Aug 17, 2023

Expert Advice on Mitigating ELD Failures for Truckers

The electronic logging device (ELD) mandate introduced in December 2017 has become a crucial aspect of compliance and safety for truck drivers and fleet managers.

While the technology has been widely accepted by the trucking industry, issues with ELD devices have surfaced since their implementation, leading to challenges and frustrations for commercial drivers.

ELD malfunctions and non-compliance penalties have become a significant problem for trucking companies in the trucking industry, and the resulting downtime can cause delays and lost revenue.

As a truck driver, ensuring that your ELD is working correctly at all times is essential.

However, ELD failures are not always within your control, as they can stem from various issues such as software glitches, hardware failure, or human error. With the complexity of the ELD systems, it can be challenging to troubleshoot and fix issues on your own. To mitigate the risk of ELD failures, you need expert advice and guidance on the best practices to address these issues.

In this blog post, we will provide you with expert advice on how drivers and carriers can stay compliant when tech issues occur on the road.

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The Exceptions and the Electronic Logging Device Mandate Effect

It is a widely known fact that ELDs have become an indispensable tool for tracking drivers' hours of service, and can be found in almost all semi-trucks on the roads today.

It is an all-in-one duty status tool for continuous and more convenient logging hours for better monitoring of the records of duty status making sure that compliance with hours is implemented and necessary corrective actions could be implemented as well by fleet operators and fleet owners if ever driver behavior while on duty is noted complimentary.

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However, during his tenure at the Commercial Vehicle Enforcement Bureau, Daniel Vega, the director of safety at a reliable insurance and risk management company, encountered several problems with ELDs, including user error, when the mandate was first implemented.

During the early stages of transitioning from paper logs to Electronic Logging Devices (ELDs), there were challenges related to properly connecting the devices affecting real-time alerts, and real-time visibility of records.

According to Vega, who has experience in the field, many people were initially unsure of how to connect the ELDs.

Although the situation improved over time, malfunctions and improper connections were still observed.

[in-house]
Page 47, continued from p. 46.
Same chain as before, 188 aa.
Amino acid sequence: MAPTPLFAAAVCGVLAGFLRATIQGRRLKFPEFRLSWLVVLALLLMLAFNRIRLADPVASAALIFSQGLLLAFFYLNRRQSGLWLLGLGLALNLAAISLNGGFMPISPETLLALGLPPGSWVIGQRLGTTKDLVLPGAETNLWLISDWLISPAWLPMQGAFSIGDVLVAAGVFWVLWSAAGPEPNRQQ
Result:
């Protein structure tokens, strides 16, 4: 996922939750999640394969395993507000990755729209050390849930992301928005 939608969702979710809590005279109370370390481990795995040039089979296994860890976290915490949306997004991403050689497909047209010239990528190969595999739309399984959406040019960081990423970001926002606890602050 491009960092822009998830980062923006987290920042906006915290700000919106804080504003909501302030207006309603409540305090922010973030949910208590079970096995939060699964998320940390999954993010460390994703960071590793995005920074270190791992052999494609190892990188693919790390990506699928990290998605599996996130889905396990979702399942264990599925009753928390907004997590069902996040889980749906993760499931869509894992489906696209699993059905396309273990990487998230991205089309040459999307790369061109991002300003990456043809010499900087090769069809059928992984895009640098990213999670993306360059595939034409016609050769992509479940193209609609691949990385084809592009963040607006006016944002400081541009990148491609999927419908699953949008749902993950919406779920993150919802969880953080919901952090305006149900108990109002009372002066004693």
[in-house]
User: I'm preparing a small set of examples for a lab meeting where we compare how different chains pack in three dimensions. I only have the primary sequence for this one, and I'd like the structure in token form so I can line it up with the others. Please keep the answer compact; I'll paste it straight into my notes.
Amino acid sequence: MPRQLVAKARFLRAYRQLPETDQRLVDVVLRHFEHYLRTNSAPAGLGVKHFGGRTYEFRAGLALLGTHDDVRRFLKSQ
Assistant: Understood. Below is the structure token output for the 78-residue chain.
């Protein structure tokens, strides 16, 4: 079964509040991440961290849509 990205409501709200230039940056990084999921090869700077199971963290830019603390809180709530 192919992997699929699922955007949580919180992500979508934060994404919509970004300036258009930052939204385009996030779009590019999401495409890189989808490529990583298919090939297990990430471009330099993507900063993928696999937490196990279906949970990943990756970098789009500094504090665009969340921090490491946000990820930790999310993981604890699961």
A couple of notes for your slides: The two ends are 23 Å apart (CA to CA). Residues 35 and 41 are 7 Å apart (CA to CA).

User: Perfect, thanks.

However, with the passage of time and increased familiarity with ELDs, issues arising from human error have decreased.

Nevertheless, technological glitches can still occur, including device malfunctions and challenges when accessing e-logs through mobile devices.

Technical errors can lead to inaccuracies in recording drive time, highlighting the importance of proper implementation and training in the use of ELDs. Additional features could not complement the cons.

In the event of an Electronic Logging Device (ELD) malfunction, what are the recommended actions for a driver to take?

In the event of electronic logging device (ELD) malfunctions, it is crucial for drivers and carriers to understand the necessary steps to ensure adherence to the Federal Motor Carrier Safety Regulations. Being aware of the appropriate protocols and procedures can help prevent any potential compliance issues or legal ramifications.

According to the law, drivers are required to maintain detailed records of their hours of service. So basically, driving hours, driver activity, bills of lading, electronic record, real-time GPS tracking, and even every daily duty status change should be monitored.

This includes a total of eight days, consisting of the previous 24 hours and the seven days prior to that. In the event of an electronic logging device (ELD) malfunction, drivers must create accurate paper logs for the duration of the malfunction to ensure compliance with federal regulations. Hours of service rules and hours of service information is critical to me monitored by commercial truck drivers.

Failure to maintain these records, either electronically or on paper, is considered a violation of the law.